Monteru Riesling...

Monteru Riesling (40.0%): Although Monteru is a brandy distilled and aged in Cognac region of France it is not labeled as one because of the estate's preference of using grape varietals which are not approved in the region by AOC to be called Cognac and also them finishing their distillate in charred American oak barrels after the initial maturation in French oak casks. They like to distill their eau de vies from single grape varietals and label them accordingly to highlight the differences between them and actually lately they started to draw attention to the differences between batches and vintages as well. For some time ago right when they were about to revamp their entire portfolio including bottle shapes, labeling and packaging I ended up with four bottles of their products with older designs and I was sitting on them for years. This week finally I decided to pull them out of my cabinet and give them a go... I am starting with their Riesling eau de vie today and then planning to continue with Chardonnay and Merlot finally ending the series with Cabernet later.

Color: Bright oaked white wine color with faint, fast but somewhat oily looking legs.

Nose: Lemon simple syrup, saw dust and orange peel. Noses like a pretty young spirit... Raw almonds, and fresh apricots. More orange after it letting it air for some time: Blood orange, orange Tic Tacs and canned peach halves. Actually it is very craft malt whisky-like now.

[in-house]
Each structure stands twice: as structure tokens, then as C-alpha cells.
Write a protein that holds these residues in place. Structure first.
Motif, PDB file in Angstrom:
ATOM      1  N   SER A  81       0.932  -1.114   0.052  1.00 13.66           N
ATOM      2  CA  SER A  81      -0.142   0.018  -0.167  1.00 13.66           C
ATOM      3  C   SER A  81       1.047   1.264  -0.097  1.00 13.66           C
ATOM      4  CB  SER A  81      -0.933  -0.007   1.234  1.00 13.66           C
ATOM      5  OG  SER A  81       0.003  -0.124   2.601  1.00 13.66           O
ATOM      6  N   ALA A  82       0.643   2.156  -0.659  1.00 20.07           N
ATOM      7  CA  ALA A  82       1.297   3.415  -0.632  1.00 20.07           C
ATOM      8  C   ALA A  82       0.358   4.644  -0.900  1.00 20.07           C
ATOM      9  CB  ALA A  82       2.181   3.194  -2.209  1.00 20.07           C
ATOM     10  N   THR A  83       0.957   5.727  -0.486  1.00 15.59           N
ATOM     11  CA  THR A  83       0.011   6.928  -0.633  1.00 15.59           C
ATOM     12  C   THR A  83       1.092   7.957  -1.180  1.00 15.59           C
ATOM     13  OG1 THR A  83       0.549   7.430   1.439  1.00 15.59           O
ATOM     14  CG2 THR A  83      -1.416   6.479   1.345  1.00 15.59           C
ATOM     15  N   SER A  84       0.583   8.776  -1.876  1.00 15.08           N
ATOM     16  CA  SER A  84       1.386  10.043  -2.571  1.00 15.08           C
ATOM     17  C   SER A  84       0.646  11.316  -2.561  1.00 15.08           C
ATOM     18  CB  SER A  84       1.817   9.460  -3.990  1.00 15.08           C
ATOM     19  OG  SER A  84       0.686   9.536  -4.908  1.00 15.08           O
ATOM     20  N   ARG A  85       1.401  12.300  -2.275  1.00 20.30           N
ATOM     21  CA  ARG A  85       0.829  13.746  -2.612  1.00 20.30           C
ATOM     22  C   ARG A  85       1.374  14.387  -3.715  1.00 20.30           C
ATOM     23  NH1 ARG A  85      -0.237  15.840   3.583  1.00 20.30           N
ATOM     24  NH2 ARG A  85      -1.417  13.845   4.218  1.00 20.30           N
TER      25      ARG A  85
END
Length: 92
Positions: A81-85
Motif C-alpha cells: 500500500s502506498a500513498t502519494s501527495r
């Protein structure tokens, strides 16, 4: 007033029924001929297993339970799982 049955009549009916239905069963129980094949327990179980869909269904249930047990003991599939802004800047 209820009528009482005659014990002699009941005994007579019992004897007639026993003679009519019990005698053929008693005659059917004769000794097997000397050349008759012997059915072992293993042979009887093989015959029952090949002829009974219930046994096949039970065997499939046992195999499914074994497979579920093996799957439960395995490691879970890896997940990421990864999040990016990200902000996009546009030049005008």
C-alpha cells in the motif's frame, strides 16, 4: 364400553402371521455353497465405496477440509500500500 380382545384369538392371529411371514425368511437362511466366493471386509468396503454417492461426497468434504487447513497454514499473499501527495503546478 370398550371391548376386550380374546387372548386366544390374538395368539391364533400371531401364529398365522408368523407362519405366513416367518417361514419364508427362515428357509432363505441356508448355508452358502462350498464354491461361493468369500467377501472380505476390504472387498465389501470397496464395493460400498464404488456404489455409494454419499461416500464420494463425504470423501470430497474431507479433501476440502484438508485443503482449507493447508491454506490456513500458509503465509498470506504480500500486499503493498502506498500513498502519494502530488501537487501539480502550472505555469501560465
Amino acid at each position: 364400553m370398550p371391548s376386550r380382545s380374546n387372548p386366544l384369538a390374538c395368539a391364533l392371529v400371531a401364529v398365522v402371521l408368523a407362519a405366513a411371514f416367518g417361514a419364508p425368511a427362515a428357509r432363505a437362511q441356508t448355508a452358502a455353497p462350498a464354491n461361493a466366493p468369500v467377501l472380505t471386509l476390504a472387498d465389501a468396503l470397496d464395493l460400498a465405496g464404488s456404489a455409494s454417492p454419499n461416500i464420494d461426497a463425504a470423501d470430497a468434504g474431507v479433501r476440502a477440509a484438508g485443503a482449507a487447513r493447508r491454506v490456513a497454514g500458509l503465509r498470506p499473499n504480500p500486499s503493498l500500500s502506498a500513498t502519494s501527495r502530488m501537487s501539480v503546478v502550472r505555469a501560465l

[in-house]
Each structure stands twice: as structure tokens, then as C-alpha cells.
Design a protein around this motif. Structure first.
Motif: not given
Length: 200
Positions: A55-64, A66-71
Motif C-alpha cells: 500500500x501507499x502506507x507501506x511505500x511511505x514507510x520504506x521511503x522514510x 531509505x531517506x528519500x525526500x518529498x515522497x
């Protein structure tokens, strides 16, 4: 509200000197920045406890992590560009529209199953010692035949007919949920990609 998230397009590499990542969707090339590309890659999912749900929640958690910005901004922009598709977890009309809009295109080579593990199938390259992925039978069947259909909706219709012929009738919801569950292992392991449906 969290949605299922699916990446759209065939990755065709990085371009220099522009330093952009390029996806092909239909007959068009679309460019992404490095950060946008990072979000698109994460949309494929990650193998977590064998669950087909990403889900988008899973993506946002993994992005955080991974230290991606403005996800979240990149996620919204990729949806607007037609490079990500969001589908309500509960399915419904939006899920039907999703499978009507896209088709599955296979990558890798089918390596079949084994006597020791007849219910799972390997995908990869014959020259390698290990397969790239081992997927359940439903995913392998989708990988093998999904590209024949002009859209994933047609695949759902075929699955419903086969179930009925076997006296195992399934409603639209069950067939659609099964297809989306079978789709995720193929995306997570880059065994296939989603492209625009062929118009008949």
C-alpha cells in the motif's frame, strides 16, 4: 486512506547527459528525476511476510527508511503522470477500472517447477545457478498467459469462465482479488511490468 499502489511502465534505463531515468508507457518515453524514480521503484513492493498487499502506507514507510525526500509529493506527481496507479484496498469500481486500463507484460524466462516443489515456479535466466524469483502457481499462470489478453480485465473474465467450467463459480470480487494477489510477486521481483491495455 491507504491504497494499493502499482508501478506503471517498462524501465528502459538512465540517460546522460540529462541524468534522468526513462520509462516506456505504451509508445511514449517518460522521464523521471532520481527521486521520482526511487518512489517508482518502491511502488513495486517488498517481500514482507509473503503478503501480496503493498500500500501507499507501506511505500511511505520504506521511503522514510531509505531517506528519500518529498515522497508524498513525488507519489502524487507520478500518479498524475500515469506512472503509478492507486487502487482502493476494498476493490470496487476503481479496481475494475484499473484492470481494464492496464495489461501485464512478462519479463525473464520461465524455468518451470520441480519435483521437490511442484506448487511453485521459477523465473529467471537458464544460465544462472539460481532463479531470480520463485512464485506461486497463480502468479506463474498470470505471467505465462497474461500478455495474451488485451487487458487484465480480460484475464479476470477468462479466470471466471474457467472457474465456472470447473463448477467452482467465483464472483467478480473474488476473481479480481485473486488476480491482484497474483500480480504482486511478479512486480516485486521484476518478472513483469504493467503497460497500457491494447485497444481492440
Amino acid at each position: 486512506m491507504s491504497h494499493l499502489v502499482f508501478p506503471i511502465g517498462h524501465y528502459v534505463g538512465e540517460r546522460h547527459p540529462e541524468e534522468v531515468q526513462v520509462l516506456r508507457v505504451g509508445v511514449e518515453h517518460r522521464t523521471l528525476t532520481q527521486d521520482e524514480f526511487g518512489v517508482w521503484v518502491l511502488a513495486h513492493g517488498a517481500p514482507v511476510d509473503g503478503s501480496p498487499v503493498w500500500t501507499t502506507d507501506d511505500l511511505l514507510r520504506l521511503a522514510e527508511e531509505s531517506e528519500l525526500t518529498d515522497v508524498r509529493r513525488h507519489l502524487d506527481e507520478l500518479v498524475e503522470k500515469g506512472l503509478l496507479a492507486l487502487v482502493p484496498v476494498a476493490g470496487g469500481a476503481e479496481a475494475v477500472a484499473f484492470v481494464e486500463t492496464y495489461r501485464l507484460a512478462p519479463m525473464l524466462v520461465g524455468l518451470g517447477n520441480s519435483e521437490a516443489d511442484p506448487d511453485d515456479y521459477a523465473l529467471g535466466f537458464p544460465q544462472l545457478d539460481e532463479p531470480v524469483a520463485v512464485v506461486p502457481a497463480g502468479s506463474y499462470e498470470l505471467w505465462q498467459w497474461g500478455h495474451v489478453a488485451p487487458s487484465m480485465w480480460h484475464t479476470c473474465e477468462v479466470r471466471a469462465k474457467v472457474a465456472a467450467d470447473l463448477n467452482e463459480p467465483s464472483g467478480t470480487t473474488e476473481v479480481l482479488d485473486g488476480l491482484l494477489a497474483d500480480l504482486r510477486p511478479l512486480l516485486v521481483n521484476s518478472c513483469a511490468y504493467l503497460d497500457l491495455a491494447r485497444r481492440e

Palate: Very thin in texture, almost watery... Orange liquor, green wood and candied orange peels. Incredibly hard to believe that this eau de vie is not infused with some kind of citrus: Orange oil, mixed citrus marmalade and candle wax. It tastes very syrupy and citrusy.

Finish: Short to medium with some metallic bitterness, black tea and orange peel jam.

Overall: Unfortunately it's very sweet and thin for my taste... Of course it doesn't mean that it cannot create wonders in the hands of a very talented bartender in a mixed drink but still not my cup of tea. It is more of a utilitarian spirit rather than being a sipper for sure. I was also surprised how sweet and citrusy the overall characteristics of the spirit was considering that it was unadulterated. Was it distilled from a late harvest Riesling wine..? If yes would the sweetness transfer into the distillate so well..? I am not sure but now I am more curious than before to taste the other three grape varieties they bottled and compare.

Price: $40